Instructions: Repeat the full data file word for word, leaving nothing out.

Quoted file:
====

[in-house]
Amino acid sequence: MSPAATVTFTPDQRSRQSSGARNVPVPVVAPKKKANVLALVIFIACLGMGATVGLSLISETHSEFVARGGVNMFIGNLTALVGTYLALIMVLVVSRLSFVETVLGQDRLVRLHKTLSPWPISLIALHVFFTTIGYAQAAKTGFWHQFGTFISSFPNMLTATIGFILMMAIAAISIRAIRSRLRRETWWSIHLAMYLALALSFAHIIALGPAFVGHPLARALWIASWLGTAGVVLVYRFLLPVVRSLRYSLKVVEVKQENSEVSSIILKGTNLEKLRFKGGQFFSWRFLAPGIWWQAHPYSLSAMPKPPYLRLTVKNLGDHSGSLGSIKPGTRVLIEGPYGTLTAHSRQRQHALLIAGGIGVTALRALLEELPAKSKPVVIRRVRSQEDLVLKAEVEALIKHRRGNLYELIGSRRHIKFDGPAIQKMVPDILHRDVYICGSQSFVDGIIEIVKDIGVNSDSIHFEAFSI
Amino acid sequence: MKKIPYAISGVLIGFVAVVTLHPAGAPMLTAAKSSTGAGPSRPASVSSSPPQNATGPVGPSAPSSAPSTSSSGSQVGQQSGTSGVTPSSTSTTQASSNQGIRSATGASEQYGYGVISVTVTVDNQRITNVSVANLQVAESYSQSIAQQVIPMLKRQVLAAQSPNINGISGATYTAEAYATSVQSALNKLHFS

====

[in-house]
Amino acid sequence: MSPAATVTFTPDQRSRQSSGARNVPVPVVAPKKKANVLALVIFIACLGMGATVGLSLISETHSEFVARGGVNMFIGNLTALVGTYLALIMVLVVSRLSFVETVLGQDRLVRLHKTLSPWPISLIALHVFFTTIGYAQAAKTGFWHQFGTFISSFPNMLTATIGFILMMAIAAISIRAIRSRLRRETWWSIHLAMYLALALSFAHIIALGPAFVGHPLARALWIASWLGTAGVVLVYRFLLPVVRSLRYSLKVVEVKQENSEVSSIILKGTNLEKLRFKGGQFFSWRFLAPGIWWQAHPYSLSAMPKPPYLRLTVKNLGDHSGSLGSIKPGTRVLIEGPYGTLTAHSRQRQHALLIAGGIGVTALRALLEELPAKSKPVVIRRVRSQEDLVLKAEVEALIKHRRGNLYELIGSRRHIKFDGPAIQKMVPDILHRDVYICGSQSFVDGIIEIVKDIGVNSDSIHFEAFSI
Amino acid sequence: MKKIPYAISGVLIGFVAVVTLHPAGAPMLTAAKSSTGAGPSRPASVSSSPPQNATGPVGPSAPSSAPSTSSSGSQVGQQSGTSGVTPSSTSTTQASSNQGIRSATGASEQYGYGVISVTVTVDNQRITNVSVANLQVAESYSQSIAQQVIPMLKRQVLAAQSPNINGISGATYTAEAYATSVQSALNKLHFS